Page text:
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Effect of support materials for Fe catalyst on carbon nanotube(CNT) growth. CNTs were grown for 10 min under standard conditions. (a) Cross-sectional optical images of CNTs grown by using combinatorial catalyst libraries, which had a nominal Fe thickness profile ranging from 0.2 nm (at left on each sample) to 3 nm (right) formed on either SiO2, Al2Ox, or Al2O3. (b) Relationship between the thickness of CNTs and the nominal Fe thickness of the catalyst. (c) Raman spectra of the same samples. Copy-right 2007 The Japan Society of Applied Physics.
growth using the water assisted CVD process. Differences of height of vertically aligned SWCNTs are evident between the Fe catalysts with aluminum oxide (Al 2 O x and Al 2 O 3 ) supports. SWCNT forests grow thick by using either of these two catalysts when Fe catalyst layer is wider than 0.6 nm. However, vertically aligned SWCNTs grow longer only with the Fe/Al 2 O x catalyst when the Fe catalyst layer is thinner than 0.6 nm.
- 2.3. Plasma enhanced CVD
High quality SWCNTs and MWCNTs can be grown using high pressure arc-discharge, high pressure CVD and high pres-
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Molecular oxygen assisted plasma enhanced chemical vapor deposition (PECVD). (a) Atomic force microscopy image of Fe catalyst nanoparticles. (b) Optical image of vertically aligned single walled carbon nanotubes (SWCNTs) synthesized on 4 in wafer. (c) Low magnification scanning electron microscopy (SEM) image of vertically aligned SWCNTs. (d) Cross-sectional SEM images of vertically aligned SWCNTs. (e) Raman spectrum of vertically aligned SWCNTs grown with PECVD. (f ) High resolu-tion transmission electron microscopy image of SWCNTs. Reprinted with permission from Zhang et al. [96]. Copyright (2005) National Academy of Science, USA.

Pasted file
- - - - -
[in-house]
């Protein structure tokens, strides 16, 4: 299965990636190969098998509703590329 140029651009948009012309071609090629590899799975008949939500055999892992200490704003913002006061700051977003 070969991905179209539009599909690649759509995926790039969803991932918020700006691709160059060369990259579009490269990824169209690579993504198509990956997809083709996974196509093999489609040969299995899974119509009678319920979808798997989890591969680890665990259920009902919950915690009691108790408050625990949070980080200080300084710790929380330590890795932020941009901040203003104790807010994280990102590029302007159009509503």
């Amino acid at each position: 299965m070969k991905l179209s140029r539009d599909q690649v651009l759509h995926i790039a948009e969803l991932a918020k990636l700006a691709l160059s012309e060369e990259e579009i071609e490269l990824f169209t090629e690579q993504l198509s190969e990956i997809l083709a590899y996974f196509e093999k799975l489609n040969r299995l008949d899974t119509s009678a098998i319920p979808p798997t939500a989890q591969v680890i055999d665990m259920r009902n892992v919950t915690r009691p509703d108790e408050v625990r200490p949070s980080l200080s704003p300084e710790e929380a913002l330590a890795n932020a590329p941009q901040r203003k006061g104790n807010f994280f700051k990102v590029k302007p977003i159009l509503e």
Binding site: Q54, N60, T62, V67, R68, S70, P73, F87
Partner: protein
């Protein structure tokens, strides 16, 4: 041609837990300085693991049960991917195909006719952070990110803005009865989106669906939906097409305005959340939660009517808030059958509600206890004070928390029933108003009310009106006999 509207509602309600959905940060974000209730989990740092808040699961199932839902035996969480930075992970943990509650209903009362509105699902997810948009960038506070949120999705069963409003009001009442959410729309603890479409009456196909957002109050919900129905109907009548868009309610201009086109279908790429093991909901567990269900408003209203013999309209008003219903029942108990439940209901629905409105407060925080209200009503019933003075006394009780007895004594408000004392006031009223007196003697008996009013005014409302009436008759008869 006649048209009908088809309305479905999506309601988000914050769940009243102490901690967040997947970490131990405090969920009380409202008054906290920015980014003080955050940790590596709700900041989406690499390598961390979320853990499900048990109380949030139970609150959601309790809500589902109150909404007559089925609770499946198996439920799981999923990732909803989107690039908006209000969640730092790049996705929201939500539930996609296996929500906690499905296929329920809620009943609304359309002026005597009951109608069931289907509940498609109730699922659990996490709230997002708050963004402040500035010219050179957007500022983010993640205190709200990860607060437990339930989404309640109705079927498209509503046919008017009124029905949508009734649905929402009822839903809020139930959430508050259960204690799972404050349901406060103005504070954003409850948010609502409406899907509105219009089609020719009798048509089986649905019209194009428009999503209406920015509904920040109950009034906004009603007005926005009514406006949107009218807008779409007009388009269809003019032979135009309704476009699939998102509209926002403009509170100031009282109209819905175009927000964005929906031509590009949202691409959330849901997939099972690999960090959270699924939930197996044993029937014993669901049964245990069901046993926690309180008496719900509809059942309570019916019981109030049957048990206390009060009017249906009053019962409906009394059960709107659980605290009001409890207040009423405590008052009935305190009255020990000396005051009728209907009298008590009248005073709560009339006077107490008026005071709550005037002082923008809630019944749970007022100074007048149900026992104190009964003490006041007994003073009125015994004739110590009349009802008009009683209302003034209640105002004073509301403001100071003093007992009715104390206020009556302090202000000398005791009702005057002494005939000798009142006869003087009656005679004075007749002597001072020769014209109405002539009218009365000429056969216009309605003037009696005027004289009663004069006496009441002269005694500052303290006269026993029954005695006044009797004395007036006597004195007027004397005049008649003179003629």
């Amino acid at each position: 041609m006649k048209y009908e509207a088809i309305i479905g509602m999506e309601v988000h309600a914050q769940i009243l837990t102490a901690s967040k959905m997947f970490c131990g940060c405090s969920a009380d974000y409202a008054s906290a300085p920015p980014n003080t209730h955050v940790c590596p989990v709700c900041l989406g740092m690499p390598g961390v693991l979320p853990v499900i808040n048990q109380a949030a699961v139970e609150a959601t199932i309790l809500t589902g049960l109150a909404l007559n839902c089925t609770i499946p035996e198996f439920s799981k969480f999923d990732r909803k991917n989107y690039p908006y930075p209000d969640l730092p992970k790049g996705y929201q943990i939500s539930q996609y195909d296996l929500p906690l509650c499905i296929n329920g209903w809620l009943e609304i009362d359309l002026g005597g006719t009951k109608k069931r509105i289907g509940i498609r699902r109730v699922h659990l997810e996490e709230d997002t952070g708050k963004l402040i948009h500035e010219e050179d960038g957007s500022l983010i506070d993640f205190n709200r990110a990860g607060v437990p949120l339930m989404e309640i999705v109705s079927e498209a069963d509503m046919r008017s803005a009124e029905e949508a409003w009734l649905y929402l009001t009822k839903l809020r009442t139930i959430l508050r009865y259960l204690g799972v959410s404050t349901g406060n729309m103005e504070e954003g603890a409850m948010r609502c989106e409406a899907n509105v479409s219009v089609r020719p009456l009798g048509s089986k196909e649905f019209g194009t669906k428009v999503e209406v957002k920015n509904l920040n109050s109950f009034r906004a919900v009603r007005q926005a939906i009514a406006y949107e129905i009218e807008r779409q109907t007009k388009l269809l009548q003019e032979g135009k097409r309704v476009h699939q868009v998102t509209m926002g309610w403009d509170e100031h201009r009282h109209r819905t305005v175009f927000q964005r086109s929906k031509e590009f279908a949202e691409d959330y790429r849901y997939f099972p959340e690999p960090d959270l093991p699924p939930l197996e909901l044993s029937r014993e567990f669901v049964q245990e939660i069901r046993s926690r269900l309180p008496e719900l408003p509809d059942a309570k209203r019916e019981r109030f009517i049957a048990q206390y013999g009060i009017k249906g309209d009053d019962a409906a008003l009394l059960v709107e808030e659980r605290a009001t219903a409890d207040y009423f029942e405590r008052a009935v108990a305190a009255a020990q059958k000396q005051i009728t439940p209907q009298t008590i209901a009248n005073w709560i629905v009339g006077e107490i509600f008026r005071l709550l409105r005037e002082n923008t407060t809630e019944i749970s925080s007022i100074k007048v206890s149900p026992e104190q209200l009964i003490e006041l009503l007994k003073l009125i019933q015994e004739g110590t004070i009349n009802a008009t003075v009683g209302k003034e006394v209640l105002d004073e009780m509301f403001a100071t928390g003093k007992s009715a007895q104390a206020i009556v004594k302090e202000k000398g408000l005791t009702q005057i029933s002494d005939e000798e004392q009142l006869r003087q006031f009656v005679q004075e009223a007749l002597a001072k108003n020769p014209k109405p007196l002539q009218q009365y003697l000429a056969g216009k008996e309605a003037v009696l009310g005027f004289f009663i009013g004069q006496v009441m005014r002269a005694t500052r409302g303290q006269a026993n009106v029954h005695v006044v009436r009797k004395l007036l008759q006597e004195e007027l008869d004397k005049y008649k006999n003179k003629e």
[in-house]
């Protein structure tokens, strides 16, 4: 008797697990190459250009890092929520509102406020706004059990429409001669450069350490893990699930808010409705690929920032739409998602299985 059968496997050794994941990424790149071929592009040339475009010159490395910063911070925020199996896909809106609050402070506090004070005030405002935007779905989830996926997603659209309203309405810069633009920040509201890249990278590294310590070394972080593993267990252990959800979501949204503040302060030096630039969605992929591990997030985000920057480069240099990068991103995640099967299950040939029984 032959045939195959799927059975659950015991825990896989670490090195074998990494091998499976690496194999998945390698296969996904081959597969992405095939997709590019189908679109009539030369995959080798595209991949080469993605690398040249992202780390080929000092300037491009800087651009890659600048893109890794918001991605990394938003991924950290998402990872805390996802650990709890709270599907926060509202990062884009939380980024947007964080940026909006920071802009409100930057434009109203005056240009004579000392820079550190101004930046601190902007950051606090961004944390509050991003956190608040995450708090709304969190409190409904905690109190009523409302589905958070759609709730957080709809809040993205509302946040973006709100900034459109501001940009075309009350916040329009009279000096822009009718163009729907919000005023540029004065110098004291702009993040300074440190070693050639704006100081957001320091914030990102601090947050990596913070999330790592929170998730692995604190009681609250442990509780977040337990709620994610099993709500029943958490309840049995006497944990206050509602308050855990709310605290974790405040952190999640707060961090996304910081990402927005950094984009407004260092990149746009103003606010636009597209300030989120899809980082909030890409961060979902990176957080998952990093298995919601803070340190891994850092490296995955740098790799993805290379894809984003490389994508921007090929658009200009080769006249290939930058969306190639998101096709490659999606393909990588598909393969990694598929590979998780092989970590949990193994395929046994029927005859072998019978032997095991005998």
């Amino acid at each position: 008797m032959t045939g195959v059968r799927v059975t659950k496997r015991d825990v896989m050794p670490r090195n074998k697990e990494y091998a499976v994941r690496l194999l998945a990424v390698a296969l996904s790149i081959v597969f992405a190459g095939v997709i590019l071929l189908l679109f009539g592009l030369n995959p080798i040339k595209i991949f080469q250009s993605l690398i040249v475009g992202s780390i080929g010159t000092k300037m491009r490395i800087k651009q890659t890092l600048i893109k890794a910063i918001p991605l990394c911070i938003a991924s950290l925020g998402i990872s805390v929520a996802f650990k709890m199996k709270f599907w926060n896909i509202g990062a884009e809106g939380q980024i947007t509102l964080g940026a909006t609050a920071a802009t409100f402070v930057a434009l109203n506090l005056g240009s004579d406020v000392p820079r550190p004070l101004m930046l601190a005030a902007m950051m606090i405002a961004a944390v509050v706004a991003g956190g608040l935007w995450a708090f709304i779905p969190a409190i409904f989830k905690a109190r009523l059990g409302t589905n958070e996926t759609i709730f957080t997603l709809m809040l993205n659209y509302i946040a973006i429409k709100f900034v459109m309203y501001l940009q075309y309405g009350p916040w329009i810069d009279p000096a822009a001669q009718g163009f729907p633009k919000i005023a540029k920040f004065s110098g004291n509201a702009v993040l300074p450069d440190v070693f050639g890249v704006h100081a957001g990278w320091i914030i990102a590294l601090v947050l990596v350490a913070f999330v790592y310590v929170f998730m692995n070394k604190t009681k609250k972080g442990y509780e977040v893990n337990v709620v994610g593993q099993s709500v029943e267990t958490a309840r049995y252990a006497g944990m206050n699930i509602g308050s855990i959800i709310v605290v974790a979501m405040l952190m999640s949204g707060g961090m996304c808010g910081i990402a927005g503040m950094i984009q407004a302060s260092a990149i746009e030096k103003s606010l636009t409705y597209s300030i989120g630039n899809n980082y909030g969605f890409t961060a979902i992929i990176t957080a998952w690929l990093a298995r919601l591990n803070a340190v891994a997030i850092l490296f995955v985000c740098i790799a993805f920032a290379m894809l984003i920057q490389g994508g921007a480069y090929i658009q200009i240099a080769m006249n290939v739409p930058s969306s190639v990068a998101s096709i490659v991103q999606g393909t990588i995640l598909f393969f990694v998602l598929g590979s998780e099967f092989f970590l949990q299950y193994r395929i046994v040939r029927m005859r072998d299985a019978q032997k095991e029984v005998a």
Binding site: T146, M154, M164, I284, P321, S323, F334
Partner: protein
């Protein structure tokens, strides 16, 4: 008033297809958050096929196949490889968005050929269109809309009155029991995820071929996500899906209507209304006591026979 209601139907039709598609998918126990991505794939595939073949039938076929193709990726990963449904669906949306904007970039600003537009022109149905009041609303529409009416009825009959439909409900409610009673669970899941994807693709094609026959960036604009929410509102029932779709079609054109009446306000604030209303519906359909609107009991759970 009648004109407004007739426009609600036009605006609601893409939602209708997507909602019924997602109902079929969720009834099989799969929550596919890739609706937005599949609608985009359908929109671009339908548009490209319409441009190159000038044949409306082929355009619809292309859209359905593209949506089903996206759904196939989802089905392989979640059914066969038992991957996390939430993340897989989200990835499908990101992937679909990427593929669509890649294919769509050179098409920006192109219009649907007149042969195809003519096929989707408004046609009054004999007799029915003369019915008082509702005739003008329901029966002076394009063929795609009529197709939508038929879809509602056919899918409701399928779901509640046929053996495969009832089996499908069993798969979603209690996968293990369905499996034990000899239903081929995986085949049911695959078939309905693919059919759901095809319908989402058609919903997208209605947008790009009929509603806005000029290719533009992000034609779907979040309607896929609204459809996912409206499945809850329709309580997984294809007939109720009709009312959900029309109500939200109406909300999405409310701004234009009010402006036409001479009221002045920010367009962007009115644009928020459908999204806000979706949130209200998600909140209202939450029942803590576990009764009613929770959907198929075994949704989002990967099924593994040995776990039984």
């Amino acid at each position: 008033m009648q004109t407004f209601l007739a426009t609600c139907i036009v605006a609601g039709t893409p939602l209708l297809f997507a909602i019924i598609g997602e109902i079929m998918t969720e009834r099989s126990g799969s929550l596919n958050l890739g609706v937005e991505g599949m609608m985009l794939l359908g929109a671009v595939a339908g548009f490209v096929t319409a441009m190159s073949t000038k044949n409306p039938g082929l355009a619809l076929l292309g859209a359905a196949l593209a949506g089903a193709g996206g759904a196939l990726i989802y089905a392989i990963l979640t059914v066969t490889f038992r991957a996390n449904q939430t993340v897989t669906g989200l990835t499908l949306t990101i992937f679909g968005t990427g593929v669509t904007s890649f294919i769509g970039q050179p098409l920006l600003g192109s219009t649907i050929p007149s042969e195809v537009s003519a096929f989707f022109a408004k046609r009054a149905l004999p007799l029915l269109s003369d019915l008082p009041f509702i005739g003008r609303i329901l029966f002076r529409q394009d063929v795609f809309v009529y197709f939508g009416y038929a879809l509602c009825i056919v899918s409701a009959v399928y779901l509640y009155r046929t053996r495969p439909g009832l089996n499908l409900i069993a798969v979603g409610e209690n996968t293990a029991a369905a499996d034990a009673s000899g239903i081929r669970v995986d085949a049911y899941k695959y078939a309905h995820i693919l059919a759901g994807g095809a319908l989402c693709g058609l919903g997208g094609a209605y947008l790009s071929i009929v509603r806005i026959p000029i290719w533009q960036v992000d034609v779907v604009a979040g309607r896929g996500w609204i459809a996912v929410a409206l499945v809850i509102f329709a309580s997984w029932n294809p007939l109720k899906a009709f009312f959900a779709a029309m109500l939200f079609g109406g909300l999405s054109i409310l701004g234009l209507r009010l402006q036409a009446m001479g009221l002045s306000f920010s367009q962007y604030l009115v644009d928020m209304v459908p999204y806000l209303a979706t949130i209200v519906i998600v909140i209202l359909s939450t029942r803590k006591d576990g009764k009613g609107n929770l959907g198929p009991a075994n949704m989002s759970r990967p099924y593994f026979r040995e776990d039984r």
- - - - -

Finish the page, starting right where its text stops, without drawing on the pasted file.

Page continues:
sure laser ablation [78 , 79 , 87 - 94] . Vertically aligned SWCNTs can be synthesized using the PECVD technique on substrates with suitable metal catalyst particles [95 - 99] . Amaratunga and coworkers reported the growth of vertically aligned CNTs us-ing a direct current PECVD technique with an Ni and Co cata-lyst system. Their results show that the alignment of vertically aligned CNTs depends on the electric field and that the growth rate can be changed depending on the CNT diameter, which reaches a maximum as a function of growth temperature [95] . Dai and coworkers developed large scale ultra-high-yield syn-thesis of vertically aligned SWCNTs using the PECVD method.They reported the growth of vertically aligned SWCNTs us-ing a molecular oxygen-assisted PECVD technique on a full 4 inch wafer scale, as shown Fig. 8 [96] . Their results show that PECVD also requires the formation of a dense and relatively uniform layer of catalyst nanoparticles. This layer is essential for vertically aligned SWCNT growth. For 10 min growth, the length of the vertically aligned SWCNTs is ~10 ㎛, as shown Fig. 8 d. Figs. 8 e and f show that the vertically aligned CNTs are single walled. Kawarada and coworkers also reported a long,millimeter scale growth of vertically aligned SWCNTs using